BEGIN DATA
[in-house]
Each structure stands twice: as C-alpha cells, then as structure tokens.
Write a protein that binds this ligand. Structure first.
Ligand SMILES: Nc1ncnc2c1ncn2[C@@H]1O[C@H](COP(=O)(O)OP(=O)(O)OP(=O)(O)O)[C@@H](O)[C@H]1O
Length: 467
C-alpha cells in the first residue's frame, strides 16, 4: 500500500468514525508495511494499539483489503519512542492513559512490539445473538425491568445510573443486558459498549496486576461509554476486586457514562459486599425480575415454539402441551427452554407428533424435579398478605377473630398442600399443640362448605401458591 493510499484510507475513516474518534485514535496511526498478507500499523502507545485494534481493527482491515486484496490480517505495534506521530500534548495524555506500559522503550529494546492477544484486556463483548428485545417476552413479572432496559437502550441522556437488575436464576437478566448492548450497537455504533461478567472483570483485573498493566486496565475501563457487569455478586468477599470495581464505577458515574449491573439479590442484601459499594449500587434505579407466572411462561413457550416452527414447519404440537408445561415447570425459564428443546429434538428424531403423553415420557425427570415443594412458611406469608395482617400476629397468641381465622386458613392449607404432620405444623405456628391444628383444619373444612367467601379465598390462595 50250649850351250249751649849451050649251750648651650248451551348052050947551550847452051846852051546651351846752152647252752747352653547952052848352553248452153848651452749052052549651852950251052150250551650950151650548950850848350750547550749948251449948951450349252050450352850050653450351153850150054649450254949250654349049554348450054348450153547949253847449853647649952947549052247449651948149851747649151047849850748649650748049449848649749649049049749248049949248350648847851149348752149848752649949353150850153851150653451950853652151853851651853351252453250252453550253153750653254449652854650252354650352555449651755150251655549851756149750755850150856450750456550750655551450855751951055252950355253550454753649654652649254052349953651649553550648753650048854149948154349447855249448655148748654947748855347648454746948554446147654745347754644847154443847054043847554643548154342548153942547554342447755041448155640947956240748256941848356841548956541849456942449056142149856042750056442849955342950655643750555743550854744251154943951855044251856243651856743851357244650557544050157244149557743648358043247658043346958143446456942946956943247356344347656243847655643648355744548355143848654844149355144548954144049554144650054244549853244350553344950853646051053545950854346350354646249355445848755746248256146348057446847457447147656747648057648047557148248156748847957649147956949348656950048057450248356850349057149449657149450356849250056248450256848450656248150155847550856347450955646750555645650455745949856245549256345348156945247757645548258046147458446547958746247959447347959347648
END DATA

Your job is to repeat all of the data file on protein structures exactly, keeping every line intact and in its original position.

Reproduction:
[in-house]
Each structure stands twice: as C-alpha cells, then as structure tokens.
Write a protein that binds this ligand. Structure first.
Ligand SMILES: Nc1ncnc2c1ncn2[C@@H]1O[C@H](COP(=O)(O)OP(=O)(O)OP(=O)(O)O)[C@@H](O)[C@H]1O
Length: 467
C-alpha cells in the first residue's frame, strides 16, 4: 500500500468514525508495511494499539483489503519512542492513559512490539445473538425491568445510573443486558459498549496486576461509554476486586457514562459486599425480575415454539402441551427452554407428533424435579398478605377473630398442600399443640362448605401458591 493510499484510507475513516474518534485514535496511526498478507500499523502507545485494534481493527482491515486484496490480517505495534506521530500534548495524555506500559522503550529494546492477544484486556463483548428485545417476552413479572432496559437502550441522556437488575436464576437478566448492548450497537455504533461478567472483570483485573498493566486496565475501563457487569455478586468477599470495581464505577458515574449491573439479590442484601459499594449500587434505579407466572411462561413457550416452527414447519404440537408445561415447570425459564428443546429434538428424531403423553415420557425427570415443594412458611406469608395482617400476629397468641381465622386458613392449607404432620405444623405456628391444628383444619373444612367467601379465598390462595 50250649850351250249751649849451050649251750648651650248451551348052050947551550847452051846852051546651351846752152647252752747352653547952052848352553248452153848651452749052052549651852950251052150250551650950151650548950850848350750547550749948251449948951450349252050450352850050653450351153850150054649450254949250654349049554348450054348450153547949253847449853647649952947549052247449651948149851747649151047849850748649650748049449848649749649049049749248049949248350648847851149348752149848752649949353150850153851150653451950853652151853851651853351252453250252453550253153750653254449652854650252354650352555449651755150251655549851756149750755850150856450750456550750655551450855751951055252950355253550454753649654652649254052349953651649553550648753650048854149948154349447855249448655148748654947748855347648454746948554446147654745347754644847154443847054043847554643548154342548153942547554342447755041448155640947956240748256941848356841548956541849456942449056142149856042750056442849955342950655643750555743550854744251154943951855044251856243651856743851357244650557544050157244149557743648358043247658043346958143446456942946956943247356344347656243847655643648355744548355143848654844149355144548954144049554144650054244549853244350553344950853646051053545950854346350354646249355445848755746248256146348057446847457447147656747648057648047557148248156748847957649147956949348656950048057450248356850349057149449657149450356849250056248450256848450656248150155847550856347450955646750555645650455745949856245549256345348156945247757645548258046147458446547958746247959447347959347648